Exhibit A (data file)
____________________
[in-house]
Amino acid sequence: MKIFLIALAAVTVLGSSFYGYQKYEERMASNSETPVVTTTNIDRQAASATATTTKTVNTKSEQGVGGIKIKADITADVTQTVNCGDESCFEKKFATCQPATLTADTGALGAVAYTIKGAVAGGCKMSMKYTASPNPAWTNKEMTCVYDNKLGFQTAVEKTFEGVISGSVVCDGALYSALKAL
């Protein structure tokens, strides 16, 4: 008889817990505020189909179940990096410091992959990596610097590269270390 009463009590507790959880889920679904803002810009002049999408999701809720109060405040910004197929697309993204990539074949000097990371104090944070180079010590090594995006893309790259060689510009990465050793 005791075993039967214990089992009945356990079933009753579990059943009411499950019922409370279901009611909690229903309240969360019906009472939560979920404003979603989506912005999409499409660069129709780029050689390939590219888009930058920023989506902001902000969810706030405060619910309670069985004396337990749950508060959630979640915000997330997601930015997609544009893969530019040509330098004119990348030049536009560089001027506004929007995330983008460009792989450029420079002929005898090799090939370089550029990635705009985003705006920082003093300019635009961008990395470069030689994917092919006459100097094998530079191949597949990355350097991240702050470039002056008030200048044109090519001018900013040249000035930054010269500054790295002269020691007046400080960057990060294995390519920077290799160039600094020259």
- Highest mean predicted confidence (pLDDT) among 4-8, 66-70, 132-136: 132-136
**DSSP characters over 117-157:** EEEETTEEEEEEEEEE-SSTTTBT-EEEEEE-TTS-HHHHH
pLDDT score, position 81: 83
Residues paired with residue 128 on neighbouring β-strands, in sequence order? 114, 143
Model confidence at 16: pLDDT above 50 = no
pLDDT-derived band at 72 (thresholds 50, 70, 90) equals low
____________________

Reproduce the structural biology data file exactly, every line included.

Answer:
[in-house]
Amino acid sequence: MKIFLIALAAVTVLGSSFYGYQKYEERMASNSETPVVTTTNIDRQAASATATTTKTVNTKSEQGVGGIKIKADITADVTQTVNCGDESCFEKKFATCQPATLTADTGALGAVAYTIKGAVAGGCKMSMKYTASPNPAWTNKEMTCVYDNKLGFQTAVEKTFEGVISGSVVCDGALYSALKAL
């Protein structure tokens, strides 16, 4: 008889817990505020189909179940990096410091992959990596610097590269270390 009463009590507790959880889920679904803002810009002049999408999701809720109060405040910004197929697309993204990539074949000097990371104090944070180079010590090594995006893309790259060689510009990465050793 005791075993039967214990089992009945356990079933009753579990059943009411499950019922409370279901009611909690229903309240969360019906009472939560979920404003979603989506912005999409499409660069129709780029050689390939590219888009930058920023989506902001902000969810706030405060619910309670069985004396337990749950508060959630979640915000997330997601930015997609544009893969530019040509330098004119990348030049536009560089001027506004929007995330983008460009792989450029420079002929005898090799090939370089550029990635705009985003705006920082003093300019635009961008990395470069030689994917092919006459100097094998530079191949597949990355350097991240702050470039002056008030200048044109090519001018900013040249000035930054010269500054790295002269020691007046400080960057990060294995390519920077290799160039600094020259």
- Highest mean predicted confidence (pLDDT) among 4-8, 66-70, 132-136: 132-136
**DSSP characters over 117-157:** EEEETTEEEEEEEEEE-SSTTTBT-EEEEEE-TTS-HHHHH
pLDDT score, position 81: 83
Residues paired with residue 128 on neighbouring β-strands, in sequence order? 114, 143
Model confidence at 16: pLDDT above 50 = no
pLDDT-derived band at 72 (thresholds 50, 70, 90) equals low